This year's list contains the 1998 and 2008 winners of the award.
In Thursday's column, the nominees for Morningstar's Domestic-Stock Fund Manager of the Year were unveiled. Next up are the nominees for International-Stock Fund Manager of the Year.
As with the awards for the other fund areas, these nominations not only reflect performance and portfolio decisions in 2012 but also consider long-term records. We want to reward managers who not only had topnotch returns this year, but who have demonstrated their abilities over time as well. In addition, we considered not just the managers' largest fund but others that they run too, when applicable.
The Fixed-Income Fund Manager of the Year nominees will be posted on Monday, Dec. 17, followed by the Alternatives and Allocation categories on Tuesday, Dec. 18, and Wednesday, Dec. 19, respectively. All of the winners will be announced in the first week of January.
There are four nominees for 2012 International-Stock Fund Manager of the Year. In alphabetical order, they are:
George Evans of Oppenheimer International Growth OIGAX
Year-to-Date Return Through Dec. 12, 2012: 20.3%
Category Rank (Percentile): 15
Evans looks for companies with promising five-year growth prospects and tends to hang onto them: The fund's annual turnover rate is typically around 20%. He's willing to buy plenty of small- and mid-cap companies along with the big ones, and that flexibility has helped the fund over the years. In 2012, the fund has benefited from the huge gains posted by a diverse group of picks, including Europe-based giants such as SAP SAP, Diageo DEO, Inditex, and Roche RHHBY, as well as lesser-known companies such as United Kingdom industrial firm Bunzl and Spain-based medical-products company Grifols. These stocks also outperformed during 2011's downturn, helping the fund land in the top quartile that year.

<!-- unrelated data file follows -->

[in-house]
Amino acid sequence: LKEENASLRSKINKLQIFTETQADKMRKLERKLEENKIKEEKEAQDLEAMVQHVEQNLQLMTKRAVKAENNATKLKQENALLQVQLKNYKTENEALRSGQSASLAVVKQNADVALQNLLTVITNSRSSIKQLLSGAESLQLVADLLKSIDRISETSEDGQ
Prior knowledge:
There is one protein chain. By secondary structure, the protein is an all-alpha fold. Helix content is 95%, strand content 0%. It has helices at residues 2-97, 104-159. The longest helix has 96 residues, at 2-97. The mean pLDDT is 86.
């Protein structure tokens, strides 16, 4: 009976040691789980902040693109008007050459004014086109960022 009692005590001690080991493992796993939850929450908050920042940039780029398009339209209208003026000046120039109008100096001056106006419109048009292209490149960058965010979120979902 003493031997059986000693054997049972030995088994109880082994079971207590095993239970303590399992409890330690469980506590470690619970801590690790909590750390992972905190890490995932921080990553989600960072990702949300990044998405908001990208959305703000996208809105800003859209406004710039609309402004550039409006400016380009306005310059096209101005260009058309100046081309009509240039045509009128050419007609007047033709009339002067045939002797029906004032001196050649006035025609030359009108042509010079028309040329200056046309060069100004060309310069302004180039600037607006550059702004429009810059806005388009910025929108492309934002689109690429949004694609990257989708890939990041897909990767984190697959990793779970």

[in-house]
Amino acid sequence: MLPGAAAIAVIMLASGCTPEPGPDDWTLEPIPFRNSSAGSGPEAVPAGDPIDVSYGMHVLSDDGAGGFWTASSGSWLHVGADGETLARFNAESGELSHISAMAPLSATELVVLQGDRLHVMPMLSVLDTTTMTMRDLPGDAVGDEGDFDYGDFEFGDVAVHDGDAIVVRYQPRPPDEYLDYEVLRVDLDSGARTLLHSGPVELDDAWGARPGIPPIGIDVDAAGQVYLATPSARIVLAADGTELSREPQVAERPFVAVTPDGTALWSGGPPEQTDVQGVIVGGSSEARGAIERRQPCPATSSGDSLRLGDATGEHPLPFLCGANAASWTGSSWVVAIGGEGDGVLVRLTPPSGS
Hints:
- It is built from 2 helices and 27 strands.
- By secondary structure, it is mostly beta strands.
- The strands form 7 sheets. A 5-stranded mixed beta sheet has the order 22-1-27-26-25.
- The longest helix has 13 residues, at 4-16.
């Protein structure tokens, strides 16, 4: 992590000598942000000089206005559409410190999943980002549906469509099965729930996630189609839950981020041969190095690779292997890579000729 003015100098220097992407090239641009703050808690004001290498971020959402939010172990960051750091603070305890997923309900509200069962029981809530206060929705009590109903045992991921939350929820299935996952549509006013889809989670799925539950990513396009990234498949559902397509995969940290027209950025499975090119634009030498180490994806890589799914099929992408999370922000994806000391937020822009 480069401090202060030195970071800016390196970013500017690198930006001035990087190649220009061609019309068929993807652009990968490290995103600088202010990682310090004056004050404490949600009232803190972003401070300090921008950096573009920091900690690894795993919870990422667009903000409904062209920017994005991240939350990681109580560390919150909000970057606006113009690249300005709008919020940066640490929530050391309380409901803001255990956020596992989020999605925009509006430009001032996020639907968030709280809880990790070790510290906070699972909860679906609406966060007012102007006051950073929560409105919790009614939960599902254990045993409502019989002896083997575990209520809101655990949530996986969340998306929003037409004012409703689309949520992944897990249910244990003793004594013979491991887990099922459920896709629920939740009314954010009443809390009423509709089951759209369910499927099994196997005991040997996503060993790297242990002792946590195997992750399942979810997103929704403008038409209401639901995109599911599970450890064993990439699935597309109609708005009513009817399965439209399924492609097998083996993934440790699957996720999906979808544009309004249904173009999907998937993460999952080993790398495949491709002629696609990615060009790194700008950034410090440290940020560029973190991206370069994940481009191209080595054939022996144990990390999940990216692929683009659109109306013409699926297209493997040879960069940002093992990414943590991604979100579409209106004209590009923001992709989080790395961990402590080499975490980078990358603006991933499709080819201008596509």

Evans usually has the bulk of the fund invested in the industrials, technology, consumer, and health-care sectors, and that can hold it back in rallies driven by financials and commodity-related fare. But his patient process paired with strong stock-picking have delivered over the long haul. Since its March 1996 inception, the fund has outpaced its typical rival and the MSCI EAFE Index by healthy margins.
Rajiv Jain, Virtus Foreign Opportunities JVIAX (YTD return: 21.1%; rank: 8)
and Virtus Emerging Markets Opp. HEMZX (YTD return: 19.2%; rank: 18)
Jain, who works for subadvisor Vontobel Asset Management, is an unconventional manager whose portfolios don't look much like those of indexes or his peers. Although he favors growth companies, and his funds' portfolios lie deep in the large-growth corner of the Morningstar Style Box, he tries to take a careful approach to this strategy. He wants steady growers with dominant positions in their fields rather than the most rapid growers, for example. He also wants to see straightforward, understandable business plans. He has found many of his picks in the tobacco and food-and-beverage industries, and his weighting in India has been much higher than average. By contrast, he's been very light in Japan and China.